With a whopping 200 holds on its various formats, The Four Winds has topped hundreds of people’s summer reading lists. Kristin Hannah’s tale of a woman’s struggle to keep her farm, family, and marriage alive through the Dust Bowl has hooked readers with deft writing and details of the gritty reality of 1930s rural life. But what to do if you’re still waiting for your copy to turn up?
Below are 5 titles to tide you over while you wait.
Not sure where to start? Pick up this wide ranging collection of shanties and work songs, featuring artists from John C. Reilly to Sting. Sung in styles ranging from classic to rock, Willner’s collection showcases these songs both as they were and in their more modern, evolved forms.
When something troubling happens in the news, it can be overwhelming for adults to try to make sense of it all, and it can be even more difficult for children. Here is a list of resources for caregivers that can help kids process major news events, and the general stress of these turbulent times.
The 2020 Hugo Awards were officially announced last week. 17 Hugo Awards are distributed (plus some extras) but one of my favorite categories is the Award for Best Graphic Story or Comic. Here are the 6 shortlisted titles for this year’s award.
The summer run of books are frequently called “beach reads,” but hammocks are really where it’s at. You don’t have to leave your backyard to enjoy a hammock; it’s typically shaded; and you never get sand in weird places. From real life secrets to a snarky send up of #girlboss wellness culture to a rom-com in a book, here are 6 titles perfect for reading while stretched out in a hammock with a cold drink in reach on a lazy summer day.
Sick of spaceships? Toured pseudo-medieval Europe too often? Try these 6 science fiction & fantasy stories from black authors. You’ll find yourself anywhere from a magical version of modern Nigeria to a post-apocalyptic Brazil. With expansive worlds and fresh perspectives, these books can freshen up any sci-fi or fantasy reader’s bookshelf.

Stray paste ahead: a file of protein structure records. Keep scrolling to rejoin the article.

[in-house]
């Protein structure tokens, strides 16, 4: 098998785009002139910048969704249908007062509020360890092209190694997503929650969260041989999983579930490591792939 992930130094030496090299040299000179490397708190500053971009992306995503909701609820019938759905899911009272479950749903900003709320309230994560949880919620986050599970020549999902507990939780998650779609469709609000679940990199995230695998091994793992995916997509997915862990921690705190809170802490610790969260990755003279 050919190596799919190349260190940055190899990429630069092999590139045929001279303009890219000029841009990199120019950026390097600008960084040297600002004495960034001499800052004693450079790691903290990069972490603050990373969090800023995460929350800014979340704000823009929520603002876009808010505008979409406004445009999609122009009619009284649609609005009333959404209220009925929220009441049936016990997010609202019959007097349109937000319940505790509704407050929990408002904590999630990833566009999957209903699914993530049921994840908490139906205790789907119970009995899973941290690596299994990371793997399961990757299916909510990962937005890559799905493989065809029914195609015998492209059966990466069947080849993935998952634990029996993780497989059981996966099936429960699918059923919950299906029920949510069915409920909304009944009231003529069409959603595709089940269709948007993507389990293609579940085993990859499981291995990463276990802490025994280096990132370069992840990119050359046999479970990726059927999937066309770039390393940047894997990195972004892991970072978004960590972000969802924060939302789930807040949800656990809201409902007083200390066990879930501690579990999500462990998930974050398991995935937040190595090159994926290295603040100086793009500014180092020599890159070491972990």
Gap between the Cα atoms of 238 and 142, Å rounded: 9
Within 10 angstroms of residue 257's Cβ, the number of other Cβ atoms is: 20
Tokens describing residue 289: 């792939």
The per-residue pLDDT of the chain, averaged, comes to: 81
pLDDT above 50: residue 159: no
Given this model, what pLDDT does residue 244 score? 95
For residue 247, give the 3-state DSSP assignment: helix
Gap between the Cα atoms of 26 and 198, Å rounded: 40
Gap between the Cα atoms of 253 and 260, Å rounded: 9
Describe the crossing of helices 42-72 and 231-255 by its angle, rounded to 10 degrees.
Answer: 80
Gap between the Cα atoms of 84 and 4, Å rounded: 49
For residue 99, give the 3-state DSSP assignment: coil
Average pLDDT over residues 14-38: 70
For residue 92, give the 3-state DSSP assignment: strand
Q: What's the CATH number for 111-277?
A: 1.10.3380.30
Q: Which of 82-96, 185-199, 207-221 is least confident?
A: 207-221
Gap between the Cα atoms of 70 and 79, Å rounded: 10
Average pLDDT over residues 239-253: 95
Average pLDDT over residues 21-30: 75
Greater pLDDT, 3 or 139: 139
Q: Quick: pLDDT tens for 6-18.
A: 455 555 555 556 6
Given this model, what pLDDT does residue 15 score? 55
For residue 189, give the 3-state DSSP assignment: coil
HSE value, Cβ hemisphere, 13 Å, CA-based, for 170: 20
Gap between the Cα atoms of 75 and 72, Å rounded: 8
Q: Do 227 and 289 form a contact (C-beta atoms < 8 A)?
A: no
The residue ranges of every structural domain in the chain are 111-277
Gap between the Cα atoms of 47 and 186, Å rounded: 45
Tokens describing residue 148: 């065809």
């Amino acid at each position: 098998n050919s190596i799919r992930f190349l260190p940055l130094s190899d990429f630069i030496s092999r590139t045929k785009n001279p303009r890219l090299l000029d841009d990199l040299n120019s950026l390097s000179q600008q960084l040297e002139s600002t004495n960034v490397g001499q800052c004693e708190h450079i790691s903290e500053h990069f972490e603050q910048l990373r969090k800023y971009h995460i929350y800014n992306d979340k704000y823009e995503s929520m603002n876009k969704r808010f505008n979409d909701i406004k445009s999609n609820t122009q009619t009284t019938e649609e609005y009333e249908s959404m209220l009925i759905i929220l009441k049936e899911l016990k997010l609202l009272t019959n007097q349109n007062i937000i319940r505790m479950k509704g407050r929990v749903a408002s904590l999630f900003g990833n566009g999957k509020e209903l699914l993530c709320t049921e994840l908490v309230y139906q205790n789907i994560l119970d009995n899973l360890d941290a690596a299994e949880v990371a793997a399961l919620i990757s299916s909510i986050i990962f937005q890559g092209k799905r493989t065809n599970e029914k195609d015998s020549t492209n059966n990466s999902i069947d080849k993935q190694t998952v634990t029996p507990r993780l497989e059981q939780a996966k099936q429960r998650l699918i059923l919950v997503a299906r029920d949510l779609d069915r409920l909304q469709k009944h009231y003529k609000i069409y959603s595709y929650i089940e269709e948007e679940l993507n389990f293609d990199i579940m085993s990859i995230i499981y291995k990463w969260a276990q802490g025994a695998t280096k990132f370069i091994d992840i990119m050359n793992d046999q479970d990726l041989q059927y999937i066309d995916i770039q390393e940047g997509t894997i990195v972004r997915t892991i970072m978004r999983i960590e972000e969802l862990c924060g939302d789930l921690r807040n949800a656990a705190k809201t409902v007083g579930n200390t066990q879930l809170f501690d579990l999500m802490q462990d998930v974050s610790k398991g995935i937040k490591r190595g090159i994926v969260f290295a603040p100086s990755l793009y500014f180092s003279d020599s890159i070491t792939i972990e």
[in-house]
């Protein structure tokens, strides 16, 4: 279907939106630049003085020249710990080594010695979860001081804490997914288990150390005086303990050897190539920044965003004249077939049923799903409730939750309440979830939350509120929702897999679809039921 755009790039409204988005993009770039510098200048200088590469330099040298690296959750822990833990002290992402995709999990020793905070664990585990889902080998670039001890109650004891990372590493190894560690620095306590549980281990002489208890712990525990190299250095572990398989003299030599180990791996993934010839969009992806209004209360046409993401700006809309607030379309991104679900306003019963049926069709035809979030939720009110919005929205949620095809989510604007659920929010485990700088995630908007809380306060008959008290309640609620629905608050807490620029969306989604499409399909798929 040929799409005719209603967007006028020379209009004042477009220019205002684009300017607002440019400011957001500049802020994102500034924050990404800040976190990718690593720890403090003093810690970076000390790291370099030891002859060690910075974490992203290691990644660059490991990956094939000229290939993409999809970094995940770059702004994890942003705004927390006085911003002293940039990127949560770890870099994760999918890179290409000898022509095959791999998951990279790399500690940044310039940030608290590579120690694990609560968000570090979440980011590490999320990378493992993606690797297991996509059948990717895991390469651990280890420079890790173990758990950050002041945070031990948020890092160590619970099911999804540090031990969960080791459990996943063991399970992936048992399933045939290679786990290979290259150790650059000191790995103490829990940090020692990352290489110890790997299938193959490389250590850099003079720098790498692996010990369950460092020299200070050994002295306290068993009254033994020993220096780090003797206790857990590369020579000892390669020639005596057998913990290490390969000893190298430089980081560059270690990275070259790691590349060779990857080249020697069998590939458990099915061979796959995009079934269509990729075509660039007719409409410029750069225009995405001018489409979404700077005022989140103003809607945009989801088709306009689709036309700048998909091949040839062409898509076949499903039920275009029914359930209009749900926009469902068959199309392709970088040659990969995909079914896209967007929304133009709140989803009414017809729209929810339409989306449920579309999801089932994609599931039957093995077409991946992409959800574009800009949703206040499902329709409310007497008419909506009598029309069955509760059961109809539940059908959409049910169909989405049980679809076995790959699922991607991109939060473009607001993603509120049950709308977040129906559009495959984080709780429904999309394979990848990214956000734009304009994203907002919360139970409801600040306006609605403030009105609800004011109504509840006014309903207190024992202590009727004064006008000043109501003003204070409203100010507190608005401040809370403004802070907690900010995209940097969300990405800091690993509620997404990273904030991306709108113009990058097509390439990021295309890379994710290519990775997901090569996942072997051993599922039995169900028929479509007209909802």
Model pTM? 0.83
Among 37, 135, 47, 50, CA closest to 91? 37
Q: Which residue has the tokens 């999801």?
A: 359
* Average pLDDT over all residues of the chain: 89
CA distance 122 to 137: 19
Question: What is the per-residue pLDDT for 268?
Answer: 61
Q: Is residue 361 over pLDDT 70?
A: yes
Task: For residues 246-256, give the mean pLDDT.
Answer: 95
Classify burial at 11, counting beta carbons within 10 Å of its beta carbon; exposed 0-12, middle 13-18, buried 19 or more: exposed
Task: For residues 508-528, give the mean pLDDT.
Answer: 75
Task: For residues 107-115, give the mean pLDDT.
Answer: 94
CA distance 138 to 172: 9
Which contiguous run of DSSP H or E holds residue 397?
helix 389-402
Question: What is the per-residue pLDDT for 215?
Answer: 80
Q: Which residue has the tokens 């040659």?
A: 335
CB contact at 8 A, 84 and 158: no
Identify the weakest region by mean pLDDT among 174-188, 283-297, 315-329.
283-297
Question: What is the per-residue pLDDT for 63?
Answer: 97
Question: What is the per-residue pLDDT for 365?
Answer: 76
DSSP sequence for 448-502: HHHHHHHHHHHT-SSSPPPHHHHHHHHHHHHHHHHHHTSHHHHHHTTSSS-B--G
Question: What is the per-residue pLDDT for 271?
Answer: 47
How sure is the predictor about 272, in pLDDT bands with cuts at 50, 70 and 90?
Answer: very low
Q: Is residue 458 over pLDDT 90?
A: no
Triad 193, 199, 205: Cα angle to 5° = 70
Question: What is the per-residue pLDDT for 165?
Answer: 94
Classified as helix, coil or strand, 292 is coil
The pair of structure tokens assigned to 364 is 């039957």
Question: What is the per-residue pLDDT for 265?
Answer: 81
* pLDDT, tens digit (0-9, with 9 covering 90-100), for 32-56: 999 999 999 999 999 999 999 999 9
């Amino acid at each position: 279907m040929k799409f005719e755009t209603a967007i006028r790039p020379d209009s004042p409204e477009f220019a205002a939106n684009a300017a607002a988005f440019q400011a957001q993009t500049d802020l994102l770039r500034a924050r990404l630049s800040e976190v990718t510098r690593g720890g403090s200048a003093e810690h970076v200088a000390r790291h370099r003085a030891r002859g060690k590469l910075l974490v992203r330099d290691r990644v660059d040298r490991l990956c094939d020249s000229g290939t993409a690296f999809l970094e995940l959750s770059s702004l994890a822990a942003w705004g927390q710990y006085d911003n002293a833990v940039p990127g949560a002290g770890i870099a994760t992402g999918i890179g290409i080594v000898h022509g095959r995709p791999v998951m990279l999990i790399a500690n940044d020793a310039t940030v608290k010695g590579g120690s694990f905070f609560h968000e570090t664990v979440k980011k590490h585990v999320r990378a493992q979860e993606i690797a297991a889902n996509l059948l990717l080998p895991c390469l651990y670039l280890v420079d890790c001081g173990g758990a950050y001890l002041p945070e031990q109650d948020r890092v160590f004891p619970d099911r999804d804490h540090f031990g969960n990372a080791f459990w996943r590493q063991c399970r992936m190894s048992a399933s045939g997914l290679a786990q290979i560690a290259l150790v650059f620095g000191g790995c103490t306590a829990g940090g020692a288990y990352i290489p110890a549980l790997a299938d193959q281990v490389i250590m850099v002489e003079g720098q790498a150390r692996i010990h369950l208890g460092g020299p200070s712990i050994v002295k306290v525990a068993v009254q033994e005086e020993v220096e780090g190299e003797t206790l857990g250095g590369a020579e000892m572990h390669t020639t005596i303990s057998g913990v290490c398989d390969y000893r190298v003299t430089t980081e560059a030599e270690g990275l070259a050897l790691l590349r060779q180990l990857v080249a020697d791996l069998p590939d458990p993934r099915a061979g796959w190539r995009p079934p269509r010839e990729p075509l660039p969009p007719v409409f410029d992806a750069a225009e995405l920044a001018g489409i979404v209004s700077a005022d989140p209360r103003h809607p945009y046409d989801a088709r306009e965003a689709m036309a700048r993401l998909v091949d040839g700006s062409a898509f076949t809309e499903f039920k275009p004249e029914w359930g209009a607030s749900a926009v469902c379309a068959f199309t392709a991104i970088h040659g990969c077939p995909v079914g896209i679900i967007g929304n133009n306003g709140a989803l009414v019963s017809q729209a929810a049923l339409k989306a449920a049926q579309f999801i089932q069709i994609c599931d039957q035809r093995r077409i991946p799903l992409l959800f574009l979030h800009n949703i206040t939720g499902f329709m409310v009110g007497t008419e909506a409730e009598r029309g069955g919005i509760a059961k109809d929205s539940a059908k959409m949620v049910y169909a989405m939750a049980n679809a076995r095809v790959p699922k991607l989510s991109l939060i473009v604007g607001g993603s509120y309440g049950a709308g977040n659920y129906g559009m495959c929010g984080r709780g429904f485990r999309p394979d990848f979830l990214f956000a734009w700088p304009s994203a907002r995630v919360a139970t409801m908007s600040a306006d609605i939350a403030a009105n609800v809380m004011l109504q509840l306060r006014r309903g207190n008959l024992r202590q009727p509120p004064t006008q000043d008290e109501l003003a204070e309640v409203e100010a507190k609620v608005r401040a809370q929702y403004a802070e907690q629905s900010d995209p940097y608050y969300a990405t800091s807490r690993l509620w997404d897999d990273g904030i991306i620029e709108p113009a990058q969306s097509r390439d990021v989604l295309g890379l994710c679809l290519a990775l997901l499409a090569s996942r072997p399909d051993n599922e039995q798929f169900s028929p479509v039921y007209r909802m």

If N.K. Jemisin’s deluge of accolades and unprecedented three consecutive Hugos aren’t enough to persuade you to pick up The Fifth Season, perhaps a violent world of regular nigh-apocalyptic cataclysms and a earth-shattering mage on a far-ranging quest of vengeance to save her kidnapped daughter will entice you.
For patrons looking for information on race, justice, and activism, we’ve collected a variety of resources that we hope will be useful. Below are resources for discussions and reflection at any age – children, teens, adults, or self-directed learning.
Known for expressing her wit and social commentary through her characters, Jane Austen is a staple of classrooms and beloved by many. But for readers new to Austen, the language can feel challenging and lots of sneaky jokes get lost along the way. (Consider: a character preaching about the importance of frugality while renting the carriage equivalent of an Audi.) Modern retellings can reframe those jokes in a way that doesn’t require extensive knowledge of 1800s British customs, or offer a fresh take for those who know Austen’s works well. For longtime Austen fans and newcomers alike, here are 6 adaptations of Jane Austen’s novels.
The Austen Project: Emma by Alexander McCall Smith & Eligble by Curtis Sittenfeld
The Austen Project brings Jane Austen into the present day. Eligible imagines Elizabeth as a writer for a magazine and Jane as a yoga instructor in New York. After their father has a health scare, the daughters return to their childhood city of Cincinnati to find the home in disrepair and a mother determined to marry off Jane before her 40th birthday.
In Emma, the titular character returns home from university to start her career in interior design. While she plans to get her business off the ground, she uses her free time to offer guidance to those she deems less wise in the ways of the world than she is – and she includes nearly everyone in Highbury in that tally.
Maisie Dobbs becomes a maid in 1910, at just 13 years old. When her employer discovers her keen mind, she is instead entered into an apprenticeship with a friend of the family. When her former employer’s son signs over his entire fortune to a suspicious, reclusive “retreat” for WWI veterans, Maisie has a chance to repay her old debt to her patron, but doing so means confronting her own ghosts from the Great War. (always available in audio)